My mum also died by suicide. She talked about how she felt before she died. She went, repeatedly, to see her GP, and just two days before she killed herself she sat talking to her psychiatrist. She had a doting husband, adoring children and a wide circle of caring friends who she shared how she was feeling with. But still she died.

In fact, almost 50% of people who take their own lives in the UK have seen their GP in the preceding month, and many in the fortnight before they die.

That’s why it’s not always easy for me to have confidence that the advice to share your worries and get professional help will be enough.

I don’t believe that suicide is inevitable. It doesn’t have to happen. But to really protect people who are thinking about suicide we have to do more than put the onus on them to talk and seek help. We have a duty to also ensure that those to whom they turn in times of distress are much better at recognising risk and spotting and acting on the danger signs. Every week thousands of people with mental distress go and see their GP, and prescriptions for drugs to effect mood and feelings are rising all the time. It’s understandably therefore a real challenge to spot those 6,000 people who each year take their own life.

For years, stigma and shame have prevented people from talking about deaths by suicide. And that’s stopped us from learning from their deaths – the factors that contributed to the risk, the build up to the day the tormenting demons got their own way, and how those bereaved by suicide think their loved one could have been saved.

Now, fortunately times are changing, thanks to the sterling work of organisations like Time to Change and occasions like the sad death of public figures like Robin Williams, are a chance to debate the issues. So please now let’s galvanise support and interest in suicide prevention.

And for me, that has to include recognition that suicide is a legitimate topic for medical and academic investigation. We have to invest in research that helps to equip us with the knowledge and tools to spot risk, to interpret warning signs, to train professionals and to educate the public. We need research that talks to families about their loss, to the professionals who have held conversations with them, and also to people battling their own suicidal thoughts. Then we need to organise this information and share it. And then use it to help to shape the delivery of effective services and to motivate and educate everyone in society to ensure that we’re all equipped to make a difference when someone does ask for help. From every suicide, each of which is a tragedy, we should be looking for the information that can help us to prevent another death. That’s what I, and every other bereaved family I know, feel is the least we can do for our loved ones.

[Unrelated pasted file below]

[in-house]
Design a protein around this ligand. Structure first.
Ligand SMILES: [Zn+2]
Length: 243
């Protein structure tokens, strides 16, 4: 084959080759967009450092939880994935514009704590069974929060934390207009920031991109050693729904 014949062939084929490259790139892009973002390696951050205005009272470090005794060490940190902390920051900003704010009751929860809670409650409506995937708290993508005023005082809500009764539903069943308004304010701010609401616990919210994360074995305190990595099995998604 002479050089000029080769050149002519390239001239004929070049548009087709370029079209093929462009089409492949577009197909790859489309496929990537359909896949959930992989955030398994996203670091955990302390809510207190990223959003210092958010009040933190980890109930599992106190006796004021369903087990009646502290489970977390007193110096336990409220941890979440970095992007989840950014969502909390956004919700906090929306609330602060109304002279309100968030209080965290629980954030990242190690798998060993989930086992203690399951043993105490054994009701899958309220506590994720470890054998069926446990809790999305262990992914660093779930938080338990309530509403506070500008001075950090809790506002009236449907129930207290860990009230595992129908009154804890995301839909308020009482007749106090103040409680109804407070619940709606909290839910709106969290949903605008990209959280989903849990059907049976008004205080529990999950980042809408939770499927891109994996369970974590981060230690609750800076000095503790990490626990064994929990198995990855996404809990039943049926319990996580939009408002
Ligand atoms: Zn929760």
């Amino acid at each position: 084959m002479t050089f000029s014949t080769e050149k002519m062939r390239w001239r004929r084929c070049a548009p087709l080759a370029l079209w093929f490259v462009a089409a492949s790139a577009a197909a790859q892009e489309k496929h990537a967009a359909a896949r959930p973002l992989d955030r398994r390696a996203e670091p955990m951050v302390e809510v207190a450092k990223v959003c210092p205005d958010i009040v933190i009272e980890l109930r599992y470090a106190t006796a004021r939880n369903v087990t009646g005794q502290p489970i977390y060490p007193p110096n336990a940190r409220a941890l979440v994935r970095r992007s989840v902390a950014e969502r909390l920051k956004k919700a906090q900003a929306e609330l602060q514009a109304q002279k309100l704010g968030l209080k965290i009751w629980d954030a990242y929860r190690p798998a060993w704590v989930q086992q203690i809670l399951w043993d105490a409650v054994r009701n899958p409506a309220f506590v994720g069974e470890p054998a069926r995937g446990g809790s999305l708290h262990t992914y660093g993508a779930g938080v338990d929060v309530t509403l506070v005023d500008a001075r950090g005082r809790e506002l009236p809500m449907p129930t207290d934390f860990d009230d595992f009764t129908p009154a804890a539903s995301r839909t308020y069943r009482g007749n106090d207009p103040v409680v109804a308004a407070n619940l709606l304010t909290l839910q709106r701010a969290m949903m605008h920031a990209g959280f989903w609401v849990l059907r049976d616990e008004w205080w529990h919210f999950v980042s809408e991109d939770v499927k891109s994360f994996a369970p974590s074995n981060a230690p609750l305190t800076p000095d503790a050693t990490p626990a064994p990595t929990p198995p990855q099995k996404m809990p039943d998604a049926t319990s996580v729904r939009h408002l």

And that’s why I commit my own time and energy to the Judi Meadows Memorial Fund to raise funds and awareness of the importance of suicide research. To date we have supported the University of Oxford Centre for Suicide Research and the GRiST safety and risk management tool. But we need many more people, clinicians, academics and policy makers to have an interest in, and willingness to, understand suicide to truly stand a chance to help save threatened lives.

We have to take every suicide, each of which is a tragedy, and use it to derive knowledge to help prevent another one.

Where you live can make, and keep, you ill

The economic and financial think tank Centre Forum have produced a hugely compelling but frankly shocking atlas of mental health variation to demonstrate the differences in the mental well-being of people across England. It exposes how people’s mental health problems are likely to be both caused by, and exacerbated by social, cultural and environmental factors outside of individual control. So with research showing that factors such as poverty, poor educational attainment, unemployment and early parenthood can significantly affect the risk of developing a mental health problem it is imperative that society has to recognise, and take action to tackle the huge social inequalities that have such a bearing on people’s well-being. It isn’t right that just because someone grows up in South Tyneside that you are three times more likely to be unhappy compared to someone living in Cheshire East. Particularly, as where you live can also impact so significantly on your chances of gaining access to accessible, timely and quality services. Such that people in Brighton and Hove are five times more likely to access NHS adult or elderly mental health services that people in Shropshire. So not only might you be more likely to get ill, you might also have to stay ill for longer because of where you live. With an election fast looming is it too unrealistic to hope that there will be a true demonstration of political will to tackle the massive health inequalities our country faces.

Employee Ownership Day